Amongst all the drama and bitterness between Paul Simon and Art Garfunkel, (still crazy after so many these years), the pair knew how to make music together. Before they reached their multiple breaking points, Paul and Art were childhood friends who as teenagers performed under the name Tom & Jerry. Eventually the pair settled on a new band name and honed their folk style everywhere from Greenwich Village coffee shops to European locales.
Before splitting in 1970, although they’ve reunited numerous time since, the iconic duo released five studio albums crafting traditional folk and folk-rock music. And by now, they’ve become so entrenched in popular music that practically anytime musicians harmonize and wield an acoustic guitar, the names Simon and Garfunkel come up. Despite the fact that none of their songs were officially written together, the combination of Paul’s intricate and timeless songwriting, Art’s vocals, and their voices together makes them one of the best musical duos of all time. Here are the 15 Best Simon & Garfunkel songs.
Unsuccessful when first released—so much so that they briefly disbanded—Simon & Garfunkel’s debut album Wednesday Morning, 3 A.M. reveals a politically conscious, Bob Dylan influenced folk duo on the brink of greatness. In Simon’s quick snapshot of 1960s New York City, he writes about the places he and Garfunkel frequent along with many other hopeful folk acts. “Bleecker Street” shows that even when catering to the popular style of the time, Simon & Garfunkel stand out.
“A Hazy Shade of Winter” is one of the most rock-oriented Simon & Garfunkel songs but doesn’t lose any of Simon’s poetic charms along the way. He writes of a glum and frustrated poet whose mood has clearly been affected by a dreary winter. The delicious misery of the song hits a high point during this third verse, “Hang on to your hopes, my friend / That’s an easy thing to say / But if your hopes should pass away / Simply pretend that you can build them again” and never looks back.
With a clear message to slow down, “you move too fast,” “The 59th Street Bridge Song (Feelin’ Groovy)” is one of the more playful Simon & Garfunkel songs. Made complete with a great walking bass line, whistling, and an air of carelessness that’s infectious, it’s hard not to feel groovy too.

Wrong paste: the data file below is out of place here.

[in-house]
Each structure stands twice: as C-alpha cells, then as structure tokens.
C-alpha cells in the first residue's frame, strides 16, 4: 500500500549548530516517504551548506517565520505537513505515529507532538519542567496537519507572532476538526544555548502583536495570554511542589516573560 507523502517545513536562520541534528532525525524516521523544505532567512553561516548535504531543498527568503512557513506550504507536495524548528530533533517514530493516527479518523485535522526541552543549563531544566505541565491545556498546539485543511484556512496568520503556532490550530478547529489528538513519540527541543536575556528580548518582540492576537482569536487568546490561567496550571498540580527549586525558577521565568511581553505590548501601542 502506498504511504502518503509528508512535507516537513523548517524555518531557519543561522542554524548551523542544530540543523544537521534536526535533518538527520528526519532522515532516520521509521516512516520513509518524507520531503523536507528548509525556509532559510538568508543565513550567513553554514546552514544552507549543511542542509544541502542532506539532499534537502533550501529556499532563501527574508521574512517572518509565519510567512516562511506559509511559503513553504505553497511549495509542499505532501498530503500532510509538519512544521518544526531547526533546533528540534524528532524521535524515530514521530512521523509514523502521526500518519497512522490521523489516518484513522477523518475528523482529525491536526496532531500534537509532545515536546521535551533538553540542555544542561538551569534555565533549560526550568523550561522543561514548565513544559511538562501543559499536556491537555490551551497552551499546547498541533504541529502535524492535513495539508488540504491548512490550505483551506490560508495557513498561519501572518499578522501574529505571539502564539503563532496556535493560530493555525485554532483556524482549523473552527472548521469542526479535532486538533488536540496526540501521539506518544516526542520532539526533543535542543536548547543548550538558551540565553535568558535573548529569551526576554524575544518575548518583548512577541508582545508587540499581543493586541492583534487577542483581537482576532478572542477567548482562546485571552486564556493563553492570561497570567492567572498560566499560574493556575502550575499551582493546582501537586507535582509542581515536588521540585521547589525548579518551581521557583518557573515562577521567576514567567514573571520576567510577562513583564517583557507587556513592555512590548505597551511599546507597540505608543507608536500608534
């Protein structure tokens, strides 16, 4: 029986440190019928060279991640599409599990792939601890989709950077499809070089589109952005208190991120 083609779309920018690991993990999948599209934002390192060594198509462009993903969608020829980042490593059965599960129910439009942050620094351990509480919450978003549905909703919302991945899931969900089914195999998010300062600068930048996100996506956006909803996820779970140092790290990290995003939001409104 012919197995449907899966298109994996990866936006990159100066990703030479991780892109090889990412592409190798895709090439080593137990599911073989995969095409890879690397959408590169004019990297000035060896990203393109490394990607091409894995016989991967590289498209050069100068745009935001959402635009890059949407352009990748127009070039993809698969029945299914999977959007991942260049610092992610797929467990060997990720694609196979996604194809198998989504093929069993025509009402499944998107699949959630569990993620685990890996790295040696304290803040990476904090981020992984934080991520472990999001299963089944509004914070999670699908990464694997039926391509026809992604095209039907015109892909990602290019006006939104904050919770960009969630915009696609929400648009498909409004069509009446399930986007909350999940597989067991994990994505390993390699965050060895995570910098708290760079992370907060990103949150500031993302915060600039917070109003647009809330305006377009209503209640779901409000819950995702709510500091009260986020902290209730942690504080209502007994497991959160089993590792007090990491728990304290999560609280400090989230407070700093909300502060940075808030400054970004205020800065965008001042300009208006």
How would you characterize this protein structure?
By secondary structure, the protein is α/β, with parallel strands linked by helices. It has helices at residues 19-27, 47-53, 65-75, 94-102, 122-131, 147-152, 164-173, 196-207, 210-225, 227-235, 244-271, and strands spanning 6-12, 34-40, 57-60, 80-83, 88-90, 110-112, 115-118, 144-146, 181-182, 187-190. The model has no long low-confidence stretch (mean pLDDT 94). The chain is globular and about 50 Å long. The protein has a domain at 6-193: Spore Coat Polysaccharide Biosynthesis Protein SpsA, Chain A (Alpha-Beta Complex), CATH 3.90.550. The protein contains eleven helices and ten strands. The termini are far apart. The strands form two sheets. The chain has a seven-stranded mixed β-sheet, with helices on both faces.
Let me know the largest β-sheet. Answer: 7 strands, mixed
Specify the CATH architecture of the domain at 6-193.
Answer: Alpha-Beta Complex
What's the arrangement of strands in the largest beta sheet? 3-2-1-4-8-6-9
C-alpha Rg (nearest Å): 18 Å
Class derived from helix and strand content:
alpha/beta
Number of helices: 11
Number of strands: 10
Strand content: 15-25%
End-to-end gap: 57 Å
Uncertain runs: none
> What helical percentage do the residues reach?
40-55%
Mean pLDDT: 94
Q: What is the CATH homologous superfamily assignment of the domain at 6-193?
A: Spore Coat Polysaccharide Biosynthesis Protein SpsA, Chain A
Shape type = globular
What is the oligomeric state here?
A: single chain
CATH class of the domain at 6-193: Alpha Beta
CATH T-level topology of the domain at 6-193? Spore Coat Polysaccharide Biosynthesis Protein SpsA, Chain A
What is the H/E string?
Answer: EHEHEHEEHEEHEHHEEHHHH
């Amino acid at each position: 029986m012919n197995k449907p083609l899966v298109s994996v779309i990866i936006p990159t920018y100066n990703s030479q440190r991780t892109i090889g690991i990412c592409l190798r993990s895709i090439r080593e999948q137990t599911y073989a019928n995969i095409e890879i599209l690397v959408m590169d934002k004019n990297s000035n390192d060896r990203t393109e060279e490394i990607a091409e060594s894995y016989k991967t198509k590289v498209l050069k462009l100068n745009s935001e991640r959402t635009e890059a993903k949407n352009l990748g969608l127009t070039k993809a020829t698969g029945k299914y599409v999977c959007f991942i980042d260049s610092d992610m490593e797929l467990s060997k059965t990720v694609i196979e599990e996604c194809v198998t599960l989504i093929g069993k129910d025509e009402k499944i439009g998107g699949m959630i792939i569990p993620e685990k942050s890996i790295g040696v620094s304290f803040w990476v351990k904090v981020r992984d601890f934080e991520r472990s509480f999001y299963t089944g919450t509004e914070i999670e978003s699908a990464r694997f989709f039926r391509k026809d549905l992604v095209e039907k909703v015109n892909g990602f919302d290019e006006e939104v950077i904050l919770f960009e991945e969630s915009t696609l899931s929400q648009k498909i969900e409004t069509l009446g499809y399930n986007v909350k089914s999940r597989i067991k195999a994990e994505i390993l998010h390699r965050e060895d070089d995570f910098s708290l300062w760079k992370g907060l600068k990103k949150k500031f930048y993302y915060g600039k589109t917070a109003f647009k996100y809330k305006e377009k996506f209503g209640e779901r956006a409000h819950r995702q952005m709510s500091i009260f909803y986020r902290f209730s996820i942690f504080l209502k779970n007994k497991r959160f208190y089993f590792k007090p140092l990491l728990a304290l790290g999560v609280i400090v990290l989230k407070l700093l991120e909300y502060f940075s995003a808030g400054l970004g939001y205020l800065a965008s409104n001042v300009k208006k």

Along with “The 59th Street Bridge Song (Feelin’ Groovy),” Simon & Garfunkel show that they can ditch the turtlenecks and get down. A percussion-filled and foremost fun song, “Cecilia” is a blessing every time it comes on the radio and forever a curse for anyone with the name Cecilia.
In his reflection on the lonely and often unfulfilling life of a touring musician, Simon also sets out the roles he and Garfunkel play in the band with the line, “every stop is neatly planned for a poet and a one-man band.” Charged by a lively rhythm not that dissimilar from a moving vehicle, “Homeward Bound” sounds like home even during the most challenging bouts of homesickness.
Simon has been quoted as saying that Bookends is the “quintessential Simon & Garfunkel album.” A concept album centered on the theme of ageing and with it disillusionment, side A closes with “Old Friends” and its partner “Bookends Theme.” In “Old Friends” Simon writes about two friends on a park bench “silently sharing the same fears.” The haunting sketch of everlasting friendship is backed by a dramatic strings section and, appropriately, includes the duo sharing vocal duties.
With a single note from a violin ushering it in, “Old Friends” melts into “Bookends;” and it wouldn’t be right to include one song without the other. This final track of side A is a minute and twenty seconds of simplistic beauty. The same instrumentation heard at the beginning of the record is back as Simon’s gentle guitar picking guides this meditation on aging and preserving the past.